A lovely and needed story of familia in which love conquers loss.



Family love in the face of loss is poignantly shared by de Anda and Harris.

Luis, Mama, Papi, their dog, Sancho, and beloved Abuelo are one tight familia. When Luis gets home from school he spends the afternoons with Abuelo building models, learning to paint, and sharing stories alongside tasty snacks. As time passes, things begin to change. When Abuelo can no longer remember how to fit the models together, he and Luis can still paint side by side. When he forgets to turn off the stove, quesadillas transform into tasty PB&Js instead. But when Abuelo goes missing one day, it is clear things are changing quickly and will never be the same. What afflicts Abuelo is never explicitly identified as the story unfolds, tenderly told in simple first person from Luis’ innocent and loving perspective as he slowly confronts new symptoms of his grandfather’s progressive dementia. His mother gives Luis sage advice that even though Abuelo’s memory is slipping he will always feel Luis’ love. Though this is certainly a sweet sentiment, many dementia patients experience apathy and changes in personality along with their memory loss, so the truth of Mama’s words is somewhat in doubt. This is nevertheless a touching and well-told story of the heartbreak of memory loss through the lens of family-oriented Latino culture.

A lovely and needed story of familia in which love conquers loss. (Picture book. 4-7)

Pub Date: Sept. 1, 2019

ISBN: 978-0-8075-1492-4

Page Count: 32

Publisher: Whitman

Review Posted Online: June 30, 2019

Kirkus Reviews Issue: July 15, 2019

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Instructive on several levels—and good, wet fun! (Informational picture book. 4-7)


Is it a universal truth that kids don’t like baths?

Maybe yes, maybe no. Children may not like the bathing experience at first, but they often don’t want it to end. By home bathtubs, communal baths, lakes, rivers, and even a mud volcano, cajoling adults say, “Yes, yes,” while unwilling children shout, “No, no!” These words, in many languages (in English transliteration) and their phonetic pronunciations (in a smaller font), are woven into the illustrations (and so are not always easily read). Exuberant illustrations, emphasizing aqueous blues and greens, are executed in oils with collage elements and finished in Photoshop. The unclothed young children and more modestly covered adults have different skin and hair colors, but the book starts in an unnamed country (the U.S.?) with a loving, brown-skinned mom summoning her reluctant child to an old-fashioned bathtub. The same adorable boy doesn’t want to leave the tub at the end and splashes his mom, who then cuddles him reassuringly in a towel. In between these familiar domestic scenes, a Japanese family lines up to use the ofuro, a square wooden tub; Turkish siblings go to the hammann, a beautifully decorated bathhouse; an Indian dad and his little boy go to the Ganges to “honor their ancestors”; and an Alaskan Yup’ik family visits a maquii for a traditional sweat bath. Although there is no map, there are lively explanatory notes.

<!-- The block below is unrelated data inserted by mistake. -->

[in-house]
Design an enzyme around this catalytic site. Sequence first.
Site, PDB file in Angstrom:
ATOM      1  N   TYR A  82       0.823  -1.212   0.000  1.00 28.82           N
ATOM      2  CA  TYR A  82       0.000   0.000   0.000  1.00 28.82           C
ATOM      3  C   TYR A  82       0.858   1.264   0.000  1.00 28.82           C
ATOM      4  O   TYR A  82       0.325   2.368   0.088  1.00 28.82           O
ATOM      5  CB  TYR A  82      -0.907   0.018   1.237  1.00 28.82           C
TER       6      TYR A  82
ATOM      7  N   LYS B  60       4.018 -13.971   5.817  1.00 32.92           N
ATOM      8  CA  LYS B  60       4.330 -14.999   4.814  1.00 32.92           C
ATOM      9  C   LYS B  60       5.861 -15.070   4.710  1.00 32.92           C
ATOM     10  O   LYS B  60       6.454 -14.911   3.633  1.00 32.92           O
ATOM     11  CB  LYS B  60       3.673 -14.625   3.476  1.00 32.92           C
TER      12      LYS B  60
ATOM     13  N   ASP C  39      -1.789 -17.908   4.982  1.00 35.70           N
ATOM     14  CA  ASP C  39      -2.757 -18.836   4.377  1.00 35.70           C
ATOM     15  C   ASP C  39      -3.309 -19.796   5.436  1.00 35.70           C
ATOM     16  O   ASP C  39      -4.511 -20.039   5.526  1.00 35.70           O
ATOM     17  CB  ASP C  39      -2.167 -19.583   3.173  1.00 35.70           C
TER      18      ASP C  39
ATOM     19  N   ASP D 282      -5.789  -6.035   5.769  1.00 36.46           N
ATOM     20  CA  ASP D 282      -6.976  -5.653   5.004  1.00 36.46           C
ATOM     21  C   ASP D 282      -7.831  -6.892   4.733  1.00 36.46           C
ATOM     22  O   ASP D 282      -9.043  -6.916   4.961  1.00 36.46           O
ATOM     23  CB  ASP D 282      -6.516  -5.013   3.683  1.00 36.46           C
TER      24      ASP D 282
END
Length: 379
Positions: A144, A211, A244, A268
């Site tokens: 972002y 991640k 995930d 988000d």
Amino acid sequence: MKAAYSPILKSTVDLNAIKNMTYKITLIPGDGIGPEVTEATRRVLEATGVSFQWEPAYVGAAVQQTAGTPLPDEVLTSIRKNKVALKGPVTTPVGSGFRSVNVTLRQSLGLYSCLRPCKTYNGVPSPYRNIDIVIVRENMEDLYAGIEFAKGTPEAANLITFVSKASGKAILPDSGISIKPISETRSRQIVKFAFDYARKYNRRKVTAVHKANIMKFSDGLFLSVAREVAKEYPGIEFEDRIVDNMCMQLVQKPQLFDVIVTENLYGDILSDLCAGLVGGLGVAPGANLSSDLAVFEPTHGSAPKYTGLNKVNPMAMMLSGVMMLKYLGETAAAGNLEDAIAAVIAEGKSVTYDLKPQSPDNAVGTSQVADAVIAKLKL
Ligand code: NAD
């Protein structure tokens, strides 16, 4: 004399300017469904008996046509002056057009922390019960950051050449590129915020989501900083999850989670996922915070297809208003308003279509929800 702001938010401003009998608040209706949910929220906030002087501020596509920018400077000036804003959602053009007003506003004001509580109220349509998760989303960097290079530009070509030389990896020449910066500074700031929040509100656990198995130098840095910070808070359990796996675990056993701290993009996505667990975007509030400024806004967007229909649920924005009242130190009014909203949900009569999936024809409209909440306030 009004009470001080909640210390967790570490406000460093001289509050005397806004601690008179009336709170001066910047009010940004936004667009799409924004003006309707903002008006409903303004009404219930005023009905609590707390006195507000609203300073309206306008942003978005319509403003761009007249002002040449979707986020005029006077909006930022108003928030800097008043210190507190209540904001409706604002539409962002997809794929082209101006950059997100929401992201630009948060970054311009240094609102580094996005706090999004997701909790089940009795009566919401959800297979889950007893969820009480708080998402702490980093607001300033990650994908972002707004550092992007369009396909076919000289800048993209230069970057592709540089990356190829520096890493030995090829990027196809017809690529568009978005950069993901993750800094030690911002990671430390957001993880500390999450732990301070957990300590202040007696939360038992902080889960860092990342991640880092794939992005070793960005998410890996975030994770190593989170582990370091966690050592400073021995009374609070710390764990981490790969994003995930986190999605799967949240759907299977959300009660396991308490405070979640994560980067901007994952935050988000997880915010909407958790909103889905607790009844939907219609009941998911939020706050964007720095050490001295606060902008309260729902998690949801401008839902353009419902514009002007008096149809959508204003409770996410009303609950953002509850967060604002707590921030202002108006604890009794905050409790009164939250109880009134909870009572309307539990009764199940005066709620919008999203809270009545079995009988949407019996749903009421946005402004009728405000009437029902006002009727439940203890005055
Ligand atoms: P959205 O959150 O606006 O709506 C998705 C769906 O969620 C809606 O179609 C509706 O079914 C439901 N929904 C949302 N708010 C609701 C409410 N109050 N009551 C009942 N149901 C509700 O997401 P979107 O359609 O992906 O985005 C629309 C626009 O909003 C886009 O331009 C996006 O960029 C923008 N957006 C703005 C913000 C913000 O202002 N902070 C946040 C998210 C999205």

Instructive on several levels—and good, wet fun! (Informational picture book. 4-7)

Pub Date: June 20, 2017

ISBN: 978-1-58089-544-6

Page Count: 32

Publisher: Charlesbridge

Review Posted Online: April 17, 2017

Kirkus Reviews Issue: May 1, 2017

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A triumphant declaration of love and identity.



A Black transgender boy shares his identity and competes in a karate tournament with the encouragement of his family in this picture-book biography.

Penelope knows who he is and what he likes even if his family is too busy to notice him. He stomps through the house, cuts in line, and pounds his fists so they will hear, see, and feel his anger that everyone thinks he’s a girl. When his mom stops to listen, he tells her about his gender and helps her understand that he doesn’t just feel like a boy, he is one. With his family’s support behind him and the strength of his own determination to never give up, Penelope comes out at school and faces a new challenge: competing in a karate tournament. First-person narration centers Penelope’s feelings and perspective in every stage of his story. Warmth and pride in identity radiate from the pages, brightened by the expressive, lively illustrations. The adults in Penelope’s life model care by encouraging him to speak for himself and listening to him when he does. One thing he speaks up about is that he likes his name: Penelope. Perseverance also stands out as a significant theme within the narrative, with emphasis placed on Penelope’s diligent practice and refusal to quit leading up to his victory. This representation of a Black family and transgender child (author Patterson is Penelope’s mother) shines with joy and affirmation. (Since the creation of this book, the author's son has changed his name to Penel.) (This book was reviewed digitally with 10-by-20-inch double-page spreads viewed at 50.4% of actual size)

A triumphant declaration of love and identity. (Picture book/biography. 4-7)

Pub Date: April 20, 2021

ISBN: 978-0-593-12363-8

Page Count: 40

Publisher: Crown

Review Posted Online: March 2, 2021

Kirkus Reviews Issue: March 15, 2021

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